DARPA teams with Northrop Grumman to build robotic service satellite
DARPA has entered into a partnership with Northrop Grumman subsidiary Space Logistics LLC to develop robotic technologies for servicing and extending the service lives of orbital satellites. Based on the Mission Extension Vehicle-1 (MEV-1), which recently docked with a communication satellite in geosynchronous orbit, the technology will be used by the agency's Robotic Servicing of Geosynchronous Satellites (RSGS) program to develop a dexterous robotic servicer that would be operated by private companies.
Founded in 2016, the RSGS program completed a Payload Critical Design Review in 2019 and is developing key technologies in the run up to the first space launch scheduled for 2023. As part of this effort, DARPA says it is funding the US Naval Research Laboratory (NRL) to bring together components like the robotic manipulator arms, a variety of interchangeable tools, cameras, sensors, software, and avionics into a functioning robotic payload.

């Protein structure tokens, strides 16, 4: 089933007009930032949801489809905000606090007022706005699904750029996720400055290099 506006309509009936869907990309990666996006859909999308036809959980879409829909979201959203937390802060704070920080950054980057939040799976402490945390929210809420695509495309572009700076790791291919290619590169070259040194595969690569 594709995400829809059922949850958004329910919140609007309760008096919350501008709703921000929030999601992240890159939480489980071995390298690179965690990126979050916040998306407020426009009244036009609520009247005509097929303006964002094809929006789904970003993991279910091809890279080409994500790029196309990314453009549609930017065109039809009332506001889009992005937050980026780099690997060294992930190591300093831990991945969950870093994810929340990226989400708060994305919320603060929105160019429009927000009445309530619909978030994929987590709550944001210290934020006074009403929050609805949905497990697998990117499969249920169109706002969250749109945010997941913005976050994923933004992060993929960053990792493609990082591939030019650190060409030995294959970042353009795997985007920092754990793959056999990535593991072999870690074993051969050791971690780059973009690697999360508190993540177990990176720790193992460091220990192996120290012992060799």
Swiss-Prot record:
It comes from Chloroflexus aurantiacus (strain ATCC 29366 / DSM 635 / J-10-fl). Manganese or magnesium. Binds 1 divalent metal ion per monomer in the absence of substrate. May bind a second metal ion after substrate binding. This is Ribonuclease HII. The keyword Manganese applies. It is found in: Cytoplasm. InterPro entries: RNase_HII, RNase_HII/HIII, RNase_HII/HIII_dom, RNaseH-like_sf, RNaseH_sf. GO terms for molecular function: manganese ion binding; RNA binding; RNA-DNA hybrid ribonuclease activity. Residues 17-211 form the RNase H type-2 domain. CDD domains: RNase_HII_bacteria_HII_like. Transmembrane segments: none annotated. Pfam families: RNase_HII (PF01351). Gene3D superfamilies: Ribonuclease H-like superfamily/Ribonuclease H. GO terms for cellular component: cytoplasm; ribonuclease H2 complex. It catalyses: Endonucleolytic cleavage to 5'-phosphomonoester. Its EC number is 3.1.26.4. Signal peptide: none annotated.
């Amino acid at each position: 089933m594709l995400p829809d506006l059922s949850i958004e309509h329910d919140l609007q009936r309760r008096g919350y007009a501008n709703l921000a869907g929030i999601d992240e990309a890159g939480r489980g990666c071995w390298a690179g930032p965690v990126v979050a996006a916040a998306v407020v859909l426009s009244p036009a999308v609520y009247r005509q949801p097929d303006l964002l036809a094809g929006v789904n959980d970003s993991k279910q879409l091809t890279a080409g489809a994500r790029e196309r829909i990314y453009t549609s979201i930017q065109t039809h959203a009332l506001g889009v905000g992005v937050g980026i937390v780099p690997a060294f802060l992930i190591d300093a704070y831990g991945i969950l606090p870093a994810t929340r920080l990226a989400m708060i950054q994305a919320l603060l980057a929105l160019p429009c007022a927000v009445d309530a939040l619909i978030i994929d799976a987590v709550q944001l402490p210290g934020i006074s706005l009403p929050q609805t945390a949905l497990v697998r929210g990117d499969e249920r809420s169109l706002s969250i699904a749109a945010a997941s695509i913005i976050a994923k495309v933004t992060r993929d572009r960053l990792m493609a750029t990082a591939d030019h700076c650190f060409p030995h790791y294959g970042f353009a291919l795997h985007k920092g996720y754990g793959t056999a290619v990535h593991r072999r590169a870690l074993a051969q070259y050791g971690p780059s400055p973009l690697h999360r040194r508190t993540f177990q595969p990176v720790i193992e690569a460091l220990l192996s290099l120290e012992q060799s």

Meanwhile, Space Logistics will provide the spacecraft bus based on the MEV and integrate the robotic payload, as well as providing launch and orbital operation services. Once the spacecraft has been checked out and demonstrated its capabilities, the technology will be marketed to commercial and government organizations.
"DARPA remains committed to a commercial partnership for the execution of the RSGS mission," says Michael Leahy, director of DARPA’s Tactical Technology Office. "Building upon the successes of the DARPA Orbital Express mission and the recent successful docking of Space Logistics’ Mission Extension Vehicle-1, the agency seeks to bring dexterous on-orbit servicing to spacecraft in geosynchronous orbit (GEO), and to establish that inspection, repair, life extension, and improvement of our valuable GEO assets can be made possible and even routine."